PT74.S1.Q24 - any driver involved in an accident

rockytoralrockytoral Alum Member
edited February 2016 in General 149 karma


  • runiggyrunruniggyrun Alum Inactive Sage Inactive ‚≠ź
    edited February 2016 2481 karma
    Let's hope I got the right question - the one with reporting an accident, right?
    The stimulus boils down to "if an accident causes personal injury OR property damage >$500, the driver needs to report it, unless incapable to do so". Ted doesn't need to report the accident. What can be inferred?

    For Ted to not need to report the damage, he needs to satisfy one of the two conditions:
    He is incapable to do so (in which case it doesn't matter what mayhem the accident caused)
    The accident didn't cause ANY personal injury AND it didn't cause property damage >$500.

    a. is incorrect. If Ted is incapable to report the accident (maybe he died) then it doesn't need to be reported. We can't infer anything about the damages or injuries
    b. is correct. If his car was damaged, and it was >$500, then he needs to report the accident UNLESS he is incapable to do so. The stimulus tells us that he doesn't need to, so it must be that he is incapable to do so.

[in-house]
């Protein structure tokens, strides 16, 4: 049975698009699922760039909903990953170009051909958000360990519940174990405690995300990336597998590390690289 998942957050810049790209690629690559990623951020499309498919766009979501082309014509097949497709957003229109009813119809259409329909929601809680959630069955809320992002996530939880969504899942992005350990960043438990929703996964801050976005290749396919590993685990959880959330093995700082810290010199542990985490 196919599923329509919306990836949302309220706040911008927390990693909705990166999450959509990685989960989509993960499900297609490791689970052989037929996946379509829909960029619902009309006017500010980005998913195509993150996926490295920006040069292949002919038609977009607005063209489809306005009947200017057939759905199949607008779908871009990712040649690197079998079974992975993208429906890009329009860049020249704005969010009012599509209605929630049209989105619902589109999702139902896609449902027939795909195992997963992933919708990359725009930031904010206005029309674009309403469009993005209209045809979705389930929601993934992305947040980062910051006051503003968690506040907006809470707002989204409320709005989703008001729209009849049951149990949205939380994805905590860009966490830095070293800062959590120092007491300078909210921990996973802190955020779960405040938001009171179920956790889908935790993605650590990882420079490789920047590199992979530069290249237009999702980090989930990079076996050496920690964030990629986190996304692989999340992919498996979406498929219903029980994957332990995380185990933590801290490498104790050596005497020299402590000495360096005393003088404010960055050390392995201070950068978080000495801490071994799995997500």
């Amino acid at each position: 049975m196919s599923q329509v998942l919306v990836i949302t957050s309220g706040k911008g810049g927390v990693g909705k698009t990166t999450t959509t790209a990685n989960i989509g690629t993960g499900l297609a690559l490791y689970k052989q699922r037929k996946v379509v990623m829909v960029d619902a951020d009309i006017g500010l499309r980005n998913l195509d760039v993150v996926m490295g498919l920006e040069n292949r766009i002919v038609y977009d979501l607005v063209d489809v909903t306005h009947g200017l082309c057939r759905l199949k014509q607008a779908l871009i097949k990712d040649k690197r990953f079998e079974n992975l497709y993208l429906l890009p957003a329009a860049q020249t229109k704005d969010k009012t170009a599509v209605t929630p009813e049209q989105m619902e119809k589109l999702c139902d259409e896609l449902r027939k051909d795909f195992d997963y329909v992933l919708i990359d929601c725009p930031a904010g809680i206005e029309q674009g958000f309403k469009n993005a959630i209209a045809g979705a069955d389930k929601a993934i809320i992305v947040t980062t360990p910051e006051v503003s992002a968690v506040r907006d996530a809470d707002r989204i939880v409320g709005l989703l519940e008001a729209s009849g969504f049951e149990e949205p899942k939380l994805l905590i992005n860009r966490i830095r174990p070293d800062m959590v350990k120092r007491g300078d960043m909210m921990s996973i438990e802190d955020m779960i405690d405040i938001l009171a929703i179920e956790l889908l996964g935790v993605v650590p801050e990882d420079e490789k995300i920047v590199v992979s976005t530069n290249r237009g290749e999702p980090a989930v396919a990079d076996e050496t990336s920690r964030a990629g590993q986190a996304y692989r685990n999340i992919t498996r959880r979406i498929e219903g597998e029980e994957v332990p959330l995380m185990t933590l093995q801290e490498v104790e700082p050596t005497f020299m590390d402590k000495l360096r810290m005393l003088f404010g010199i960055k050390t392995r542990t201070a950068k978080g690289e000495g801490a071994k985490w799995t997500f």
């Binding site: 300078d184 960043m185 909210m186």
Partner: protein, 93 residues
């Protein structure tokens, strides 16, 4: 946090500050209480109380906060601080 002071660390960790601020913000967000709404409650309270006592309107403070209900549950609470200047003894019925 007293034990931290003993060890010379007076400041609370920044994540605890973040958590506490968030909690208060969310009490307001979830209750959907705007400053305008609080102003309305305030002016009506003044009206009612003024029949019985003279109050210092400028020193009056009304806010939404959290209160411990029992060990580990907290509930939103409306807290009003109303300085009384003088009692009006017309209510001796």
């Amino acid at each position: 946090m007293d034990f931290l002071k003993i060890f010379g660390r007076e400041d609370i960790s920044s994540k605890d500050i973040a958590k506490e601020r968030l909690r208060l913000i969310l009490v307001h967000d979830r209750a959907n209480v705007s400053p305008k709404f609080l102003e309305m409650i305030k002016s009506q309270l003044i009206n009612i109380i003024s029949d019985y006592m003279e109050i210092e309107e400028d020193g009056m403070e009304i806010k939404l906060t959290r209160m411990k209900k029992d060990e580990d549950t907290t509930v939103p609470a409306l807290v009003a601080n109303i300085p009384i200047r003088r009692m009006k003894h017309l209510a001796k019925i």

c. doesn't have to be true. There are ways (above) to lead to Ted not needing to report the accident that don't involve anybody else
    d. That's a tempting conclusion, because that's what you'd think about when you think about reasons he is incapable to report the accident, but the premises don't support this. If he's incapable (for any reason) he doesn't need to report it. He doesn't have to be injured. Maybe he only speaks Aramaic and nobody at the police station can take down the report.
    e. Very nice trap answer. But the OR doesn't cut it. It needs to be "nobody was injured AND the damage didn't exceed $500. This goes back to the lesson about negating complex conditional
    A or B-->C Not C--->not A and not B. Injury or big damage-->report. No report-->no injury and no big damage
    I hope this helps

    Edited to add: the premises are an example of an embedded conditional, and JY does a fantastic job explaining how to go from the embedded conditional to a simple conditional.
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